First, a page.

You won't know if someone is talking to your youngster unless you keep an eye on them. Monitoring alerts you if your child (or their pals) makes a potentially harmful post. It warns you against cyberbullying and other potentially harmful actions such as scams. It's easy for someone to steal your child's identity and use it because they are prone to giving out too much information.
Teach them not to accept any unknown requests
Don't friend somebody on Facebook just because they want to connect with you. Fake profiles are used to carry out Facebook scams, phishing for personal information, and spamming. Teach your children that they should not add strangers to their Facebook friends list. Make them aware of the Facebook scam.
Teach your children that if they accept a friend request from a fake profile created by a hacker, they will not only be able to see everything you post on Facebook, but they will also be able to download your photos and information and create a fake account in your name, sending friend requests to all of your friends.
Stop Posting Personal Information
There's no reason to share personal information on your Facebook. Phone numbers, addresses, and other personal information should not be made public. Putting these bits of information on the Internet for anyone to see makes it easier for internet scammers to get their hands on them. Scammers target children because they are very open on Facebook and often post anything.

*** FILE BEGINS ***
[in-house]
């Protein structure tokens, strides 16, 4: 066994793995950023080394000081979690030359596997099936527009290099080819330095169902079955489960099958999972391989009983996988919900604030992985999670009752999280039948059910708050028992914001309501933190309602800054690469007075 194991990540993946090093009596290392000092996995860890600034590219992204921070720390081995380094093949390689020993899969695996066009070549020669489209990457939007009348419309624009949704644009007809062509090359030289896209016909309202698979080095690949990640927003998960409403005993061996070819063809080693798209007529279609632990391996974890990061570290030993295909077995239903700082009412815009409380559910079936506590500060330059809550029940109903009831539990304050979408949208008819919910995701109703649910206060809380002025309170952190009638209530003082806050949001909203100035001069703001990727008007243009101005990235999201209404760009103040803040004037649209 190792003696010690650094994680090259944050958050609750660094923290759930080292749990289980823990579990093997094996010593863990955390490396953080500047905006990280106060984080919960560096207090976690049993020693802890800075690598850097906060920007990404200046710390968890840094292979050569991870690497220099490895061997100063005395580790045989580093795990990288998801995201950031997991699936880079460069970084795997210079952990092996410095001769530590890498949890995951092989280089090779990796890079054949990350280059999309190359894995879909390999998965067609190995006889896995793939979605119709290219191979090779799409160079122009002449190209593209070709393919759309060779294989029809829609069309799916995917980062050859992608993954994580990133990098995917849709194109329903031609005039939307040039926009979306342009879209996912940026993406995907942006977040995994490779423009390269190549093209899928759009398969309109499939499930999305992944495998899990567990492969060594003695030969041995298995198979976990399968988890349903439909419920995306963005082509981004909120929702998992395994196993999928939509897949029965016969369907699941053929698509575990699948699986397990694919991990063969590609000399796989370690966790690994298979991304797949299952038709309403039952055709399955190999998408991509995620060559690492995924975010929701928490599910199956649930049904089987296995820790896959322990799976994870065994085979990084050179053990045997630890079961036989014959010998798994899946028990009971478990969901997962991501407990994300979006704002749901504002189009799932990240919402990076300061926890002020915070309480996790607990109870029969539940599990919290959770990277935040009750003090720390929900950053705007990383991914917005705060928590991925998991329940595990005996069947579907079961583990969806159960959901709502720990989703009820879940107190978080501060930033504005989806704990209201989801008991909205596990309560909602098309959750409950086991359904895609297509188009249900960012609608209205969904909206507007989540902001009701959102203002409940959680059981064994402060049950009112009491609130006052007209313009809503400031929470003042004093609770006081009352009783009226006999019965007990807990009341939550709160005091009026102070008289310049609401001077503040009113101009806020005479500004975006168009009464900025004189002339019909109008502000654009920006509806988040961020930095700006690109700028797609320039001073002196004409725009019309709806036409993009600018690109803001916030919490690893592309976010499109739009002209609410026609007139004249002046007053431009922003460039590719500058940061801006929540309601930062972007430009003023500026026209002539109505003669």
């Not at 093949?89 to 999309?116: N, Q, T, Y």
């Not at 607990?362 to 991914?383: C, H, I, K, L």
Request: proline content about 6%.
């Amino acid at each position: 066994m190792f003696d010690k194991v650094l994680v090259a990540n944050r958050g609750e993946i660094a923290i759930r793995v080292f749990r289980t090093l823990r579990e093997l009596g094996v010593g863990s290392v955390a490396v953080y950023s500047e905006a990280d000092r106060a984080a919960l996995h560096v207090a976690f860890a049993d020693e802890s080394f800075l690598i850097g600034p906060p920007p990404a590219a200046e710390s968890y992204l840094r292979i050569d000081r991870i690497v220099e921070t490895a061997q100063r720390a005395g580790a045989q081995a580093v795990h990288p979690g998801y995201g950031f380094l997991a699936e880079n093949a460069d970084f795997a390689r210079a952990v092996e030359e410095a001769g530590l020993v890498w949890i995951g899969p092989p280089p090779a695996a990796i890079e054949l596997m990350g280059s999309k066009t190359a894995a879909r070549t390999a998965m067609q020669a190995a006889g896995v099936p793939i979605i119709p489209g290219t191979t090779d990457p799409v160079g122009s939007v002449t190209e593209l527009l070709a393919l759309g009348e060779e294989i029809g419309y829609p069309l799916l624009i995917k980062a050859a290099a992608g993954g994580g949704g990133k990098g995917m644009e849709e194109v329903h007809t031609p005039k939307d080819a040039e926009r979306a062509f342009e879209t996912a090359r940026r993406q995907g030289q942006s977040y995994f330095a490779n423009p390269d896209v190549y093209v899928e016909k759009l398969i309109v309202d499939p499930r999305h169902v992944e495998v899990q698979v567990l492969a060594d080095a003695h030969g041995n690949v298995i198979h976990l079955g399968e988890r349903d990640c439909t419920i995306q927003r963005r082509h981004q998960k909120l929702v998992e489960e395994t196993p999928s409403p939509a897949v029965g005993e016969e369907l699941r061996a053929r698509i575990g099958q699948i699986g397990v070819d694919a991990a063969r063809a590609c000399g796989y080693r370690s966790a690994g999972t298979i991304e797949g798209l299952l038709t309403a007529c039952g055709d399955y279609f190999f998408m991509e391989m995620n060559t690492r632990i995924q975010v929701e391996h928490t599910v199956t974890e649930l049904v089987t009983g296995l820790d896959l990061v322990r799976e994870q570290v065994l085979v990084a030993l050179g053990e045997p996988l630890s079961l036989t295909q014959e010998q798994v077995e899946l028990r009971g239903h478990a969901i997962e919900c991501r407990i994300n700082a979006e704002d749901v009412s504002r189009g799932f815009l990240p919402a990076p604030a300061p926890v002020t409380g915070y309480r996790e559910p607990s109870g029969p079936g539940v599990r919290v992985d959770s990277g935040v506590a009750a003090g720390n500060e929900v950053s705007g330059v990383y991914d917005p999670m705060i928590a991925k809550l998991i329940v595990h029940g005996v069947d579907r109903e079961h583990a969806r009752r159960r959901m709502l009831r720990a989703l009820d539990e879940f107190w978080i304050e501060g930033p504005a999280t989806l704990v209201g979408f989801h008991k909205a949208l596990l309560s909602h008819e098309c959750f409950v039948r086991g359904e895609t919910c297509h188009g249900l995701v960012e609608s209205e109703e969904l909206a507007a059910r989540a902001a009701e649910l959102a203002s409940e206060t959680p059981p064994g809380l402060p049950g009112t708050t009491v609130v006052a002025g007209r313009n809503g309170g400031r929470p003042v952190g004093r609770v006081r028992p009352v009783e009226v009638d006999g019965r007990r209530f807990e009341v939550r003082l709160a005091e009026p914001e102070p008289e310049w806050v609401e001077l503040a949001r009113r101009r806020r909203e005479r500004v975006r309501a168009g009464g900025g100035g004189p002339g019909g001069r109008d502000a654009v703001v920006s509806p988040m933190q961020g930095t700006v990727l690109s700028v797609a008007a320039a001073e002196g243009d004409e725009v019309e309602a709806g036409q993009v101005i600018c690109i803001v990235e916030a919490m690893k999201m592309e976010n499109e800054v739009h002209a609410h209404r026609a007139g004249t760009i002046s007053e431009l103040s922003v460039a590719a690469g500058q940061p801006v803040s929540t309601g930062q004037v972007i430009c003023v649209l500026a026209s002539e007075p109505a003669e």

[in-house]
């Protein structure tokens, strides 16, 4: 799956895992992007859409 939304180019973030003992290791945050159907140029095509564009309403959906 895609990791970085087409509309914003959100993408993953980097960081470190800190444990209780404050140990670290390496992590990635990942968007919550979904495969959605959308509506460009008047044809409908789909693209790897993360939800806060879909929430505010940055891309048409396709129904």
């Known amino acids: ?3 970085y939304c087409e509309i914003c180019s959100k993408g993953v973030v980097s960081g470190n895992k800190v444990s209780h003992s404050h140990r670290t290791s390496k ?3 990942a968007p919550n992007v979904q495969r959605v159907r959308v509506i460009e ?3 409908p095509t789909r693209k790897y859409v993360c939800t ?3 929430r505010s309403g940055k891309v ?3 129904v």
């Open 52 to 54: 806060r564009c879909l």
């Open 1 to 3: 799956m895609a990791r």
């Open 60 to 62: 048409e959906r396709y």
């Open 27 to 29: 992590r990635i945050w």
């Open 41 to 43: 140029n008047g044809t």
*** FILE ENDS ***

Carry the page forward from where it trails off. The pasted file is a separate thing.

Teach your children that sharing personal information such as your address, phone number, birthday, and other personal details puts them in danger of identity theft, stalking, harassment, and other sorts of scams.
If You Feel Your Child Has Been Phished, What Should You Do?
If you suspect your child mistakenly entered their log-in or password into a strange link, someone else could be able to access their account. Here are some things you may do and teach your child if they find themself in this situation:
- If you have access to your account, learn how to protect it by changing your password, logging out of any devices you don't have, and encouraging your children to do the same.
- Learn how to recover your account if you can't get into it and your username or password doesn't work.
- Learn how to review recent activity and check recent Facebook emails to see if anything weird happened with your account.
Teach your children the above points and encourage them to do so if something similar occurs in the future.
A Few Additional Tips on How To Avoid Being Phished
- Messages requesting money, giving gifts, or threatening to remove or prohibit your Facebook account should not be trusted.
- Do not click any links or attachments if you get a strange email or message claiming to be from Facebook.
- Do not respond to messages requesting your password, social security number, or credit card number.
- Don't give out your personal information to someone you've only met online.
- Use a firewall and antivirus/anti-spyware software, and make sure they're up to date regularly.
- You can report a scam to the Federal Trade Commission at www.ftc.gov.
- Popups should be avoided. Do not click any of the popups that appear on your screen.
It is entirely up to you what you do with your Facebook account, but you should be aware of the various scams. The thin line that parents must occasionally maintain extends online, ensuring that children are aware of your presence but still respecting their personal space. You don't have to be worried about phishing schemes. Your child can use Facebook, and you won't have to worry about online frauds if you keep an eye on their online activities and follow the preceding instructions.